So as you spotted, Leo, Jared's a little confused. It's not the referrer header, it's the user agent header. The user agent header has been around since the beginning. And we've discussed it in the past because it can also be a little bit of a privacy concern. Add-on things that you incorporate in your browser, like accessory packages or libraries that the browser has, can all tack their own version numbers onto the user agent so that every query your browser makes announces that this is the user agent that is sort of the client, the browser client, that is making the query. The logic, the concept was in the beginning that, if some user agents, for example, well, like really old ones would have been text only. They didn't handle graphics. So the server could see what was making the query and then serve different content depending upon the requirements. It used to be that the user agent would also contain and state the resolution of the user's screen. Presumably, similarly, the server could then return content suited for the resolution. Now, the reason Jared's question caught my eye is that I, too, and maybe you, too, Leo, have been annoyed when, for example, using an iPad, I'm given a much feature-stripped website which just doesn't do the same thing. And in fact, I have two different tokens registered for PayPal. I've got my original football, and I also have on my - I've got the VeriSign VIP on my BlackBerry, so that I'm able to use either. Well, what that means is that, when I'm using PayPal, and I log in, and they want my one-time password, they take me to a dropdown box where I choose which one. The problem is, the mobile version of PayPal doesn't offer that. So I'm unable to pay with my iPad because PayPal sees that I'm using an iPad, gives me their mobile version that doesn't offer me the option of specifying which one of the tokens I want to use. So it's like, argh, you know.

Leo: But that's not - it has nothing to do with how the browser's identifying itself. The browser's identifying itself. It's the website that's deciding what to do with the identification. So go to the - complain to the website, not to, I mean, it has nothing to do with the browser's agent string. The browser should always say what it is.

Question: [ 06 ] - Chris Wronski

In Episode 332 you talked about alternative readers for PDF documents. I wonder if you and Leo would share your favorite choices?

Steve: Well, now, I have to defer to you, Leo, because I purchased years ago a bunch of copies of, I'm not proud to say it, but Adobe's Acrobat, the full Acrobat system, the whole document preparation system and all that, which I've been moving forward and upgrading over time. So it incorporates along with it a plug-in for reading. And so I've got literally Acrobat Reader as opposed to just the regular PDF reader. So I haven't had to go looking for other stuff. So unfortunately I'm not a good resource for this. But I know that you are.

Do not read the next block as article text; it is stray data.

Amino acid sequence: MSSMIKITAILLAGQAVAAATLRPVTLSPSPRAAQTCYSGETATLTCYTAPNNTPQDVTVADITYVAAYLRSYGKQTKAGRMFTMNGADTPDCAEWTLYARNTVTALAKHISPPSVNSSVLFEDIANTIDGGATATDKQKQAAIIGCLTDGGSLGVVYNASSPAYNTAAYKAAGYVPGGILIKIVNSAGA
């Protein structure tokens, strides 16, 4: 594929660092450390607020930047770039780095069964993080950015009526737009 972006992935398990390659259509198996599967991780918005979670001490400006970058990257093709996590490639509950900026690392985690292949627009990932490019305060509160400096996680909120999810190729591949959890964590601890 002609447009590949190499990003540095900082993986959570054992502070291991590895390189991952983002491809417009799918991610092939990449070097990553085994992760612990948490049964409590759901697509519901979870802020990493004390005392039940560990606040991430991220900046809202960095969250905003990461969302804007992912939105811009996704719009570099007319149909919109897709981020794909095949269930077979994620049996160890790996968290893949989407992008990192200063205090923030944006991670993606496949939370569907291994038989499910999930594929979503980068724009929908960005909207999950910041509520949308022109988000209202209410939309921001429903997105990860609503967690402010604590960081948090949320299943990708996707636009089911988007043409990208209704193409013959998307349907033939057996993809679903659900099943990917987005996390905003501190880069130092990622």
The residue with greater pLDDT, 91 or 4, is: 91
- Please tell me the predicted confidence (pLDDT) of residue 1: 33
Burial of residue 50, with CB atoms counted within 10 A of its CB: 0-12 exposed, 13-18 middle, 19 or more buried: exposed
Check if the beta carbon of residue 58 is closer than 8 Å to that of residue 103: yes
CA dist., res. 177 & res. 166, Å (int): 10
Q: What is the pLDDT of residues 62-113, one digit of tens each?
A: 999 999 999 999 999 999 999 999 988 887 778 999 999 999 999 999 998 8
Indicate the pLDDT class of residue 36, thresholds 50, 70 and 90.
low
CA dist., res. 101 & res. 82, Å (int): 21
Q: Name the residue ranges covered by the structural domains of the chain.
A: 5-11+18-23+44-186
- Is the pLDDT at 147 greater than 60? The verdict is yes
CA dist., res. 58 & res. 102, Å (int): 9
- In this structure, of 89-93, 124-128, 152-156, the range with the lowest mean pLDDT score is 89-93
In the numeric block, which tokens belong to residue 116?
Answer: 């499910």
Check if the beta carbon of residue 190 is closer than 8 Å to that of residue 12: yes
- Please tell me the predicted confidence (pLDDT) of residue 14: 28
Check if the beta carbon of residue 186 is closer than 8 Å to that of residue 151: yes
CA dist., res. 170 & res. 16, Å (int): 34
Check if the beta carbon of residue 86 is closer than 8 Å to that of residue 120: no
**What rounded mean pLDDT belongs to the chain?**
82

Leo: Oh, well, in some ways I'm not because on Macs of course you've got built-in software. And there are third-party programs, like one of our sponsors, Smile Software, makes PDF Pen that lets you make them editable, fill out forms and stuff like that. So I have a series of tools that I use on the Mac, and I don't need anything from Adobe. And I'm very careful not to download anything from Adobe on the Mac. On the Windows side I use Foxit, which I like a lot. They make a distiller as well as reader. There's a free reader, but I pay for Foxit Phantom, which is the full thing. A lot of people like Cute PDF. Which is another really good one. There's one, I think it's free, called Nitro, that a lot of - so readers should be free. A viewer should be free because it's not creating PDFs. So Foxit Reader is free. Actually Chrome will read a PDF.

Question: [ 07 ] - Peter

Leo: Peter in Sydney, Australia solves the "unplug your phone once charged" mystery. Oh, we were talking about this.
Steve: And this actually is the one I was referring to, so we really have covered it. But we can just read it real quick.
Leo: Yeah. He says Nokia started this, and I think other phone companies now do it. I know my Samsung does it. The iPhone does not. Once it's charged, it says, in fact maybe all Android phones now do this, it says "It's charged. Unplug your charger." And he points out chargers consume power even if they're not plugged to a phone. And so that's why they're saying that. It's to save power. I don't - it's not much. But cumulatively, millions of wall warts all over the country, all over the world, that can add up.
Steve: And you know there are different technologies for chargers. The old-school black blob actually had a transformer in it, and you could put your hand on it...
Leo: It's hot.
Steve: ...and it's warm, yeah. I think that Apple's is a much newer technology switching charger. And so it may very well be that it is not drawing quiescent power when the device is not actually using it.